Ok, so, setup and cleanup are a pretty standard part of test suites, right?
Well, not exactly. They come from the JUnit-style tests, upon which
is based. Other frameworks use things like fixtures and function annotations,
but we don’t get the yummy goodness of that here. Hell, I can’t even mock the
filesystem easily, so I am forced to use disk operations extensively in testing.
Which makes me think about efficiency in my code to avoid the disk. Which is
… I’m getting a little off track. Setup. Right. In python’s
tearDown methods on a
TestCase. Setup is run before
each test, tear down afterwards.
setUp fails for any reason,
tearDown won’t run. You can yell at me
about poor tests later, but my
setUp method needed to invoked methods on the
unit under test in order to pre-populate the cache. I didn’t have to do it that
way, but I did, and I’m not arguing about it now since it works.
Anyways, that fails sometimes. So I ended up with temporary directories getting
created and not removed; the deletion code was in the
A google search and help doc later, I knew the answer. Turns out, ‘cleanups’ run no matter what. Perfect.
I present the trimmed down solution.
class TestCache(unittest.TestCase): def __init__(self, methodname='runTest'): super(TestCache, self).__init__(methodname) # this is a clean up, since it must run even if setUp fails self.addCleanup(self.remove_temp) def setUp(self): # create a 'project' with files in it self.project = tempfile.mkdtemp() out_dir = join(self.project, 'output') os.mkdir(out_dir) for fname in ['art1', 'art2a', 'art2b', art_tree]: fullname = join(out_dir, fname) dirname = os.path.dirname(fullname) if dirname and not exists(dirname): os.mkdir(dirname) open(fullname, 'a').close() # configure the cache self.cache_dir = tempfile.mkdtemp() self.conf = Configuration(self.cache_dir, out_dir, 'make all', [ Target('one', ['src1'], ['art1']), Target('two', ['src2a', 'src2b'], ['art2a', 'art2b']), Target('tree', ['tree'], [art_tree]) ]) self.cache = cake.pantry.Cache(self.conf) # we do this here because we it's common setup between all the tests, # even though it also assumes add is working correctly self.cache.add(artifact='art1', commit='123') self.cache.add(artifact=art_tree, commit='123') self.cache.add(artifact='art2b', commit='123') self.cache.add(artifact='art1', commit='456', ancestor='123') self.cache.add(artifact=art_tree, commit='456', ancestor='123') self.cache.add(artifact='art2a', commit='789', ancestor='456') def remove_temp(self): for tmp in [self.project, self.cache_dir]: if tmp: shutil.rmtree(tmp) def test_things(self): # .... blah blah blah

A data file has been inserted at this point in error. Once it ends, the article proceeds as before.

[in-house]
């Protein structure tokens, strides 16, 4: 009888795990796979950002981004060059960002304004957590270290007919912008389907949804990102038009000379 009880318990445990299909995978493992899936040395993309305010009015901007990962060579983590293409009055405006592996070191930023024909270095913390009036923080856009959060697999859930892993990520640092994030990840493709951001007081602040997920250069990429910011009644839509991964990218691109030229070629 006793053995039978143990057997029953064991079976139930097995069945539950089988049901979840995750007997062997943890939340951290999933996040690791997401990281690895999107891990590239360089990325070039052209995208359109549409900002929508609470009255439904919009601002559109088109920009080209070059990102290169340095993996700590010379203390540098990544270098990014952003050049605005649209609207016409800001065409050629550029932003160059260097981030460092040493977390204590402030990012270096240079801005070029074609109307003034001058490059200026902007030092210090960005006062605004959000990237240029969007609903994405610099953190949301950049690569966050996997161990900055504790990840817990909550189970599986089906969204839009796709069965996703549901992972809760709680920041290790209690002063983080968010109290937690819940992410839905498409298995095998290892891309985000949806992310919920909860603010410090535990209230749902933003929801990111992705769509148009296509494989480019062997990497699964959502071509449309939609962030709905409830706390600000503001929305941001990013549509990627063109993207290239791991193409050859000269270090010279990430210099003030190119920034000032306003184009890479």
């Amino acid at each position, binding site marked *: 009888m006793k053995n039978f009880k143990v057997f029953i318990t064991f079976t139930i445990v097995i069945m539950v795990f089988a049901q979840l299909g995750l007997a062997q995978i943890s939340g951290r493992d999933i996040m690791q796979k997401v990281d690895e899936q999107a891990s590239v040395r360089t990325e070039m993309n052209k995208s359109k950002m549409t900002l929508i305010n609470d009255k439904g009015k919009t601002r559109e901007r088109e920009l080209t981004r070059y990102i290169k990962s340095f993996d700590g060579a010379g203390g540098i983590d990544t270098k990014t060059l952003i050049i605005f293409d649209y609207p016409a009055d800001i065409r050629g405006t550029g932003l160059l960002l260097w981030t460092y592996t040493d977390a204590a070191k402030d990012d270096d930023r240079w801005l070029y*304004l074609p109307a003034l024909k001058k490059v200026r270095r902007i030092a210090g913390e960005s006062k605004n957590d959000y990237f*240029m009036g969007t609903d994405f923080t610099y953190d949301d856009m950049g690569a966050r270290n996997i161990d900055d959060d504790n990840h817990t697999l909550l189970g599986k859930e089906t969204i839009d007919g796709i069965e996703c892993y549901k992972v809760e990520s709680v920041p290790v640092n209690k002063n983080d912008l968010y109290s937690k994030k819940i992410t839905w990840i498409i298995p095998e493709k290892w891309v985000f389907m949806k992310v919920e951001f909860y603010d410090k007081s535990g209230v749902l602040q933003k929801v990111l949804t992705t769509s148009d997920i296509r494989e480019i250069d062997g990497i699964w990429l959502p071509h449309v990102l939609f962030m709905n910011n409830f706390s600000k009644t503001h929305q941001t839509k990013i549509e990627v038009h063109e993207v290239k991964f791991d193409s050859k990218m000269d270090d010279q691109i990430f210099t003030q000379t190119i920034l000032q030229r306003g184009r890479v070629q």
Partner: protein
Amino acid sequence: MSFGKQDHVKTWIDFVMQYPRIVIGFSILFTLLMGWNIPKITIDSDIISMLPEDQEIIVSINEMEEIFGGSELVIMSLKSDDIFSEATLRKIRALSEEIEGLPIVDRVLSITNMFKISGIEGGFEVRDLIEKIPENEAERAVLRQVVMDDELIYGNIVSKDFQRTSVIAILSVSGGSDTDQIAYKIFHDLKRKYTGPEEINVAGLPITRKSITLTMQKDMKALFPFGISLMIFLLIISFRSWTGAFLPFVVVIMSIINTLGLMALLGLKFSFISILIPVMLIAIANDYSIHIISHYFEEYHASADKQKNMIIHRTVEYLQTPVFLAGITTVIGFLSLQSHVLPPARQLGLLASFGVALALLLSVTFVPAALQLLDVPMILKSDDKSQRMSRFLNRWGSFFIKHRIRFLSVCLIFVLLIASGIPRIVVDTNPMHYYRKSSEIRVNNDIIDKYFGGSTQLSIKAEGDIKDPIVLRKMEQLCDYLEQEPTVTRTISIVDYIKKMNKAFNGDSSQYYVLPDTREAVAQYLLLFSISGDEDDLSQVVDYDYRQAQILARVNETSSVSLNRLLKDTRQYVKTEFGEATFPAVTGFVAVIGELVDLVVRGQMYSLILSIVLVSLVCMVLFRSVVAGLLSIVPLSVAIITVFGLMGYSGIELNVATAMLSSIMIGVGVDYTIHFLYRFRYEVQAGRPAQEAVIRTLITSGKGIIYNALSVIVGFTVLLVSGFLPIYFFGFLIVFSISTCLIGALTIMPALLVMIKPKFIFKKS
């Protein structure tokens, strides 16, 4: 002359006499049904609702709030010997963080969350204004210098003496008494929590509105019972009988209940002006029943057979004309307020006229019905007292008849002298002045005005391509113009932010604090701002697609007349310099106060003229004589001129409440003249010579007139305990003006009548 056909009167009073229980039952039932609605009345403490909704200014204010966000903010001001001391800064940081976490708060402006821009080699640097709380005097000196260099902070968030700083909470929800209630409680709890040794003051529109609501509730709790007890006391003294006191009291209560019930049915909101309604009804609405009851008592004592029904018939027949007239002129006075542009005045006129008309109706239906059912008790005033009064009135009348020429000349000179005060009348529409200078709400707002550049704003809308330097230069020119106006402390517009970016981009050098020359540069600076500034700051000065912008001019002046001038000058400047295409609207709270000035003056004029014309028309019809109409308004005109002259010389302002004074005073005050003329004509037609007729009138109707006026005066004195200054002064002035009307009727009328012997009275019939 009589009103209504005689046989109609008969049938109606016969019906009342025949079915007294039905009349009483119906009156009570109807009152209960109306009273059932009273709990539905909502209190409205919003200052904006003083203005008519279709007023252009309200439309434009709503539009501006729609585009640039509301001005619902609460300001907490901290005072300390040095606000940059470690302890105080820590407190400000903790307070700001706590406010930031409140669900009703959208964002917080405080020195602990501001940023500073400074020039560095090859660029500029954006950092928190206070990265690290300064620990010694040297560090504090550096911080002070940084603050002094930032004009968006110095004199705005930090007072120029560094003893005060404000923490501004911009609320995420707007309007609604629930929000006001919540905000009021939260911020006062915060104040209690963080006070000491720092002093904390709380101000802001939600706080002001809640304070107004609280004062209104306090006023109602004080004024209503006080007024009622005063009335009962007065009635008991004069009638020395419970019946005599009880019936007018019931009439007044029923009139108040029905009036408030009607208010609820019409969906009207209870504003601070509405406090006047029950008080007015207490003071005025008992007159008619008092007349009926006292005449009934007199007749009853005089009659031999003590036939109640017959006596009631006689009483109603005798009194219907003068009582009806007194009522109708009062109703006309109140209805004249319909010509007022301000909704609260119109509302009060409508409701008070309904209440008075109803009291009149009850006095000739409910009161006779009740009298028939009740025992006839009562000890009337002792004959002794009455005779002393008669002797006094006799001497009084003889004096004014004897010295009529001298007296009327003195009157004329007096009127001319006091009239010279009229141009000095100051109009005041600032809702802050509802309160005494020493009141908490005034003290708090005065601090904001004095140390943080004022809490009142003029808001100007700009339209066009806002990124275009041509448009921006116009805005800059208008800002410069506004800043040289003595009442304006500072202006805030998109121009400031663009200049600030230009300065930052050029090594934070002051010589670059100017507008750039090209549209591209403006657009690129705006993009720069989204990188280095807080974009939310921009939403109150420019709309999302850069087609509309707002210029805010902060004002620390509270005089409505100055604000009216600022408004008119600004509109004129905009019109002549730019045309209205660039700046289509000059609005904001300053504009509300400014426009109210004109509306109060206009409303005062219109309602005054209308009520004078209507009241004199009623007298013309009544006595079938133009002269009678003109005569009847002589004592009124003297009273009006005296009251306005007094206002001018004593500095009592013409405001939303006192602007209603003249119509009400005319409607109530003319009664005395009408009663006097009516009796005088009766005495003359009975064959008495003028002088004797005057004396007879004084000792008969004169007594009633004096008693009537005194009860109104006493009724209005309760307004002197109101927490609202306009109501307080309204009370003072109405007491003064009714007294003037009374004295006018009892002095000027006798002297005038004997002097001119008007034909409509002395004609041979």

Ok, I was going to write about it, but it’s listed up there in the code and I’m about at 1000 words here, so forgive my laziness.
import pdb ; pdb.set_trace()
Or, well, not all. But that is the only line you need to place in python code to
start the debugger. It has all the usual commands, which you can read about
using help (
? in the provided debugger REPL). You can also evaluate python
code, just be careful; if the debugger thinks it’s a debug command, you’ll need
Finally, a piece of advice.
pdb can be customized with a
pdbrc file. Google
it. There’s examples everywhere, and some of them are quite helpful. But the one
you really need to know is
n;;l, which is “execute next command, then list the
That way you don’t get lost.